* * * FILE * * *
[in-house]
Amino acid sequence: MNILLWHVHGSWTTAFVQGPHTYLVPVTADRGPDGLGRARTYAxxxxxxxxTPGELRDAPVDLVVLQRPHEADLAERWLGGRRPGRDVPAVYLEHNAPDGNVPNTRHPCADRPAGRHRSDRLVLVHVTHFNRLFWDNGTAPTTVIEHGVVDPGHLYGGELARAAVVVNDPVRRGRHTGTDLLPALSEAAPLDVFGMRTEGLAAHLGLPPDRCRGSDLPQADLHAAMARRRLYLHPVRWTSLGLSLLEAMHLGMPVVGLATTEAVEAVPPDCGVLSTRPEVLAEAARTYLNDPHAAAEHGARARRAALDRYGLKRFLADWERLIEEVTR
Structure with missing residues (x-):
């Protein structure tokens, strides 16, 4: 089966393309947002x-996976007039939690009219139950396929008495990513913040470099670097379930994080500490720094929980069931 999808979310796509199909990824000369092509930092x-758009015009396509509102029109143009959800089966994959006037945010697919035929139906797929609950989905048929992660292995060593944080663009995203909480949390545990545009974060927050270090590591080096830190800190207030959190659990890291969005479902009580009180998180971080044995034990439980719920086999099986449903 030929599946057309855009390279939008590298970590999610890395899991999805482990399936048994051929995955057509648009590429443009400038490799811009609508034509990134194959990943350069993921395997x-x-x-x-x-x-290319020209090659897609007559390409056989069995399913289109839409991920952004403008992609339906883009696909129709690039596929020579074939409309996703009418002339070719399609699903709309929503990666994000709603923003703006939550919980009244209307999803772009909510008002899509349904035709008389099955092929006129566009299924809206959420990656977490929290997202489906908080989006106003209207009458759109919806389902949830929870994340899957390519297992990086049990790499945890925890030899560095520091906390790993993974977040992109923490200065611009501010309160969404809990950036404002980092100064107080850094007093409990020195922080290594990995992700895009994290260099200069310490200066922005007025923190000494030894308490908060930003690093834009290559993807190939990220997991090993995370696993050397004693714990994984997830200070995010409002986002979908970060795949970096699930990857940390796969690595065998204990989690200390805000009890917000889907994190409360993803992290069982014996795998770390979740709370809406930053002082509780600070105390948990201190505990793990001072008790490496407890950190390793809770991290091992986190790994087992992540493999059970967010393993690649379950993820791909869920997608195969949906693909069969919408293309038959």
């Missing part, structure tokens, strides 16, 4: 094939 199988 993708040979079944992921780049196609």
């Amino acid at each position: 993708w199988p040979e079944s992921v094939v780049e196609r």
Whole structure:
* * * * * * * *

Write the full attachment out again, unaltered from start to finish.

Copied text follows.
[in-house]
Amino acid sequence: MNILLWHVHGSWTTAFVQGPHTYLVPVTADRGPDGLGRARTYAxxxxxxxxTPGELRDAPVDLVVLQRPHEADLAERWLGGRRPGRDVPAVYLEHNAPDGNVPNTRHPCADRPAGRHRSDRLVLVHVTHFNRLFWDNGTAPTTVIEHGVVDPGHLYGGELARAAVVVNDPVRRGRHTGTDLLPALSEAAPLDVFGMRTEGLAAHLGLPPDRCRGSDLPQADLHAAMARRRLYLHPVRWTSLGLSLLEAMHLGMPVVGLATTEAVEAVPPDCGVLSTRPEVLAEAARTYLNDPHAAAEHGARARRAALDRYGLKRFLADWERLIEEVTR
Structure with missing residues (x-):
């Protein structure tokens, strides 16, 4: 089966393309947002x-996976007039939690009219139950396929008495990513913040470099670097379930994080500490720094929980069931 999808979310796509199909990824000369092509930092x-758009015009396509509102029109143009959800089966994959006037945010697919035929139906797929609950989905048929992660292995060593944080663009995203909480949390545990545009974060927050270090590591080096830190800190207030959190659990890291969005479902009580009180998180971080044995034990439980719920086999099986449903 030929599946057309855009390279939008590298970590999610890395899991999805482990399936048994051929995955057509648009590429443009400038490799811009609508034509990134194959990943350069993921395997x-x-x-x-x-x-290319020209090659897609007559390409056989069995399913289109839409991920952004403008992609339906883009696909129709690039596929020579074939409309996703009418002339070719399609699903709309929503990666994000709603923003703006939550919980009244209307999803772009909510008002899509349904035709008389099955092929006129566009299924809206959420990656977490929290997202489906908080989006106003209207009458759109919806389902949830929870994340899957390519297992990086049990790499945890925890030899560095520091906390790993993974977040992109923490200065611009501010309160969404809990950036404002980092100064107080850094007093409990020195922080290594990995992700895009994290260099200069310490200066922005007025923190000494030894308490908060930003690093834009290559993807190939990220997991090993995370696993050397004693714990994984997830200070995010409002986002979908970060795949970096699930990857940390796969690595065998204990989690200390805000009890917000889907994190409360993803992290069982014996795998770390979740709370809406930053002082509780600070105390948990201190505990793990001072008790490496407890950190390793809770991290091992986190790994087992992540493999059970967010393993690649379950993820791909869920997608195969949906693909069969919408293309038959």
């Missing part, structure tokens, strides 16, 4: 094939 199988 993708040979079944992921780049196609």
């Amino acid at each position: 993708w199988p040979e079944s992921v094939v780049e196609r």
Whole structure: